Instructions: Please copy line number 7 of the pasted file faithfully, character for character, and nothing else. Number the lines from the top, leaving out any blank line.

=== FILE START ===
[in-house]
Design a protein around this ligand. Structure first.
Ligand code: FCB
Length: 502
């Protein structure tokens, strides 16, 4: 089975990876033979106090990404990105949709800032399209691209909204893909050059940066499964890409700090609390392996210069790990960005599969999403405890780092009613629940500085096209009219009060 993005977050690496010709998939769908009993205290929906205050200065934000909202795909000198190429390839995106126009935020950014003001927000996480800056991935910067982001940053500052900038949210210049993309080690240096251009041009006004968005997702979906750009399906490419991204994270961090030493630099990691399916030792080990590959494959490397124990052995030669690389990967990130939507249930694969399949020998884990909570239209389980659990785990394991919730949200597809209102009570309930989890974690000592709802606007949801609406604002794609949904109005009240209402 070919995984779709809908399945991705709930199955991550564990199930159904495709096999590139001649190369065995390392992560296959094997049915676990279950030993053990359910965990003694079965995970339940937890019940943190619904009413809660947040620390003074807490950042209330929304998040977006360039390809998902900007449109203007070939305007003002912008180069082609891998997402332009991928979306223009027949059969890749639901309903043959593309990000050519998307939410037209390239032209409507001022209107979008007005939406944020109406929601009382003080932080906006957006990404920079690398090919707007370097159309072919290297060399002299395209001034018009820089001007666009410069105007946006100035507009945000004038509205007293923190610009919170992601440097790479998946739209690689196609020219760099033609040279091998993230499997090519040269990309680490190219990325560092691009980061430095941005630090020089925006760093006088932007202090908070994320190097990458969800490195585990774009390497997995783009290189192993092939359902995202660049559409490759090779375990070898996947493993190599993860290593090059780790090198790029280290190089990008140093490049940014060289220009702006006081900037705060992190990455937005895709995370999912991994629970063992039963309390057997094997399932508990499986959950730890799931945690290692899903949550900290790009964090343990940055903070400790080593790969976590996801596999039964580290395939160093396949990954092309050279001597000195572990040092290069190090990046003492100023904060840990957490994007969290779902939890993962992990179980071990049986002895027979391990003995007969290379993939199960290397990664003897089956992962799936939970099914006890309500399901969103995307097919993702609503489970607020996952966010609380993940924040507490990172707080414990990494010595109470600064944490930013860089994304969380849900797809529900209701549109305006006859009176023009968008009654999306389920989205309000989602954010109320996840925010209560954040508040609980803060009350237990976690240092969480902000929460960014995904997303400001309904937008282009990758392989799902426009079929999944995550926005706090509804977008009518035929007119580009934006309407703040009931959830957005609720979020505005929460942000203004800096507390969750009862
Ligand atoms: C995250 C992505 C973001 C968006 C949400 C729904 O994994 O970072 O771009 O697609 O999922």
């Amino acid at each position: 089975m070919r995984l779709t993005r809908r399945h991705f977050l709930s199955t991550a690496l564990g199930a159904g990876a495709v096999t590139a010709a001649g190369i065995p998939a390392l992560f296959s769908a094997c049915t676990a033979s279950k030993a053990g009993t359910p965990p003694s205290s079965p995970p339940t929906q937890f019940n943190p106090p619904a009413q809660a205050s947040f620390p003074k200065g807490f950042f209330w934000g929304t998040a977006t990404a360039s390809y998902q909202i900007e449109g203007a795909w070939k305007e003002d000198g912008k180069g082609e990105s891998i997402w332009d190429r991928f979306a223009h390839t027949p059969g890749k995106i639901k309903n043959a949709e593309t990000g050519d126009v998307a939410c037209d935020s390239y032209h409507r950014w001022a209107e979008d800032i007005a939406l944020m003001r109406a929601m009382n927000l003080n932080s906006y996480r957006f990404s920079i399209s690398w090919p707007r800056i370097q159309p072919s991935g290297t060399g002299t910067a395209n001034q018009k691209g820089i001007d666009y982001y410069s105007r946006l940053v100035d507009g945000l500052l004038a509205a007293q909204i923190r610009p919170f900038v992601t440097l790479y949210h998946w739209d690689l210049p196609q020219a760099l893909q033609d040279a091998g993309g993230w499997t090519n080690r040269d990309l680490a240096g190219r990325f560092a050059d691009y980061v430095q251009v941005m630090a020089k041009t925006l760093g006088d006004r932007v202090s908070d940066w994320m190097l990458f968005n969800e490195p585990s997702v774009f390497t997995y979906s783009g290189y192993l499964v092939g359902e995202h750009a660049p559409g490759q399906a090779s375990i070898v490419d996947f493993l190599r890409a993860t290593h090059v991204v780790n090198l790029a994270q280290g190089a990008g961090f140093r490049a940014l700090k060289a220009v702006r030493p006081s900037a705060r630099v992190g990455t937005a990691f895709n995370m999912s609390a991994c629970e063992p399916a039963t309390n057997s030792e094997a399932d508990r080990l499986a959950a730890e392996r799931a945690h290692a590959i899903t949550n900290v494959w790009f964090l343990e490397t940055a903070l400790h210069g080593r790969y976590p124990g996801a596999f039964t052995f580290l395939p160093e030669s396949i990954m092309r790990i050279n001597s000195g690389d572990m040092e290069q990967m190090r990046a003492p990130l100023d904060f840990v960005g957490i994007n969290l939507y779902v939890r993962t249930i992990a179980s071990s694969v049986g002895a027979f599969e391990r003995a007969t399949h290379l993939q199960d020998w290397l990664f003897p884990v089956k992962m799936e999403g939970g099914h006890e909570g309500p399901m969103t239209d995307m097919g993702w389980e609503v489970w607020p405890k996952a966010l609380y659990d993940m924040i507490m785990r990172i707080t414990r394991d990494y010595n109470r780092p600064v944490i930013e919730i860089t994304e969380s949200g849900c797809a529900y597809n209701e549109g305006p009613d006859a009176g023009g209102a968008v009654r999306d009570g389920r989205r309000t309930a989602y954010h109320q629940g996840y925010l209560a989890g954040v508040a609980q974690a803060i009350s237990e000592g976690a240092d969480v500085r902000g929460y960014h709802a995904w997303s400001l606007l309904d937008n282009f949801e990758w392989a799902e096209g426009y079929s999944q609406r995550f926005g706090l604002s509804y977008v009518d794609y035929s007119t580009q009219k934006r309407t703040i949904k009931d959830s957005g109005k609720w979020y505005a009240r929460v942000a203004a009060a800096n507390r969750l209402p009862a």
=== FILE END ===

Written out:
């Amino acid at each position: 089975m070919r995984l779709t993005r809908r399945h991705f977050l709930s199955t991550a690496l564990g199930a159904g990876a495709v096999t590139a010709a001649g190369i065995p998939a390392l992560f296959s769908a094997c049915t676990a033979s279950k030993a053990g009993t359910p965990p003694s205290s079965p995970p339940t929906q937890f019940n943190p106090p619904a009413q809660a205050s947040f620390p003074k200065g807490f950042f209330w934000g929304t998040a977006t990404a360039s390809y998902q909202i900007e449109g203007a795909w070939k305007e003002d000198g912008k180069g082609e990105s891998i997402w332009d190429r991928f979306a223009h390839t027949p059969g890749k995106i639901k309903n043959a949709e593309t990000g050519d126009v998307a939410c037209d935020s390239y032209h409507r950014w001022a209107e979008d800032i007005a939406l944020m003001r109406a929601m009382n927000l003080n932080s906006y996480r957006f990404s920079i399209s690398w090919p707007r800056i370097q159309p072919s991935g290297t060399g002299t910067a395209n001034q018009k691209g820089i001007d666009y982001y410069s105007r946006l940053v100035d507009g945000l500052l004038a509205a007293q909204i923190r610009p919170f900038v992601t440097l790479y949210h998946w739209d690689l210049p196609q020219a760099l893909q033609d040279a091998g993309g993230w499997t090519n080690r040269d990309l680490a240096g190219r990325f560092a050059d691009y980061v430095q251009v941005m630090a020089k041009t925006l760093g006088d006004r932007v202090s908070d940066w994320m190097l990458f968005n969800e490195p585990s997702v774009f390497t997995y979906s783009g290189y192993l499964v092939g359902e995202h750009a660049p559409g490759q399906a090779s375990i070898v490419d996947f493993l190599r890409a993860t290593h090059v991204v780790n090198l790029a994270q280290g190089a990008g961090f140093r490049a940014l700090k060289a220009v702006r030493p006081s900037a705060r630099v992190g990455t937005a990691f895709n995370m999912s609390a991994c629970e063992p399916a039963t309390n057997s030792e094997a399932d508990r080990l499986a959950a730890e392996r799931a945690h290692a590959i899903t949550n900290v494959w790009f964090l343990e490397t940055a903070l400790h210069g080593r790969y976590p124990g996801a596999f039964t052995f580290l395939p160093e030669s396949i990954m092309r790990i050279n001597s000195g690389d572990m040092e290069q990967m190090r990046a003492p990130l100023d904060f840990v960005g957490i994007n969290l939507y779902v939890r993962t249930i992990a179980s071990s694969v049986g002895a027979f599969e391990r003995a007969t399949h290379l993939q199960d020998w290397l990664f003897p884990v089956k992962m799936e999403g939970g099914h006890e909570g309500p399901m969103t239209d995307m097919g993702w389980e609503v489970w607020p405890k996952a966010l609380y659990d993940m924040i507490m785990r990172i707080t414990r394991d990494y010595n109470r780092p600064v944490i930013e919730i860089t994304e969380s949200g849900c797809a529900y597809n209701e549109g305006p009613d006859a009176g023009g209102a968008v009654r999306d009570g389920r989205r309000t309930a989602y954010h109320q629940g996840y925010l209560a989890g954040v508040a609980q974690a803060i009350s237990e000592g976690a240092d969480v500085r902000g929460y960014h709802a995904w997303s400001l606007l309904d937008n282009f949801e990758w392989a799902e096209g426009y079929s999944q609406r995550f926005g706090l604002s509804y977008v009518d794609y035929s007119t580009q009219k934006r309407t703040i949904k009931d959830s957005g109005k609720w979020y505005a009240r929460v942000a203004a009060a800096n507390r969750l209402p009862a």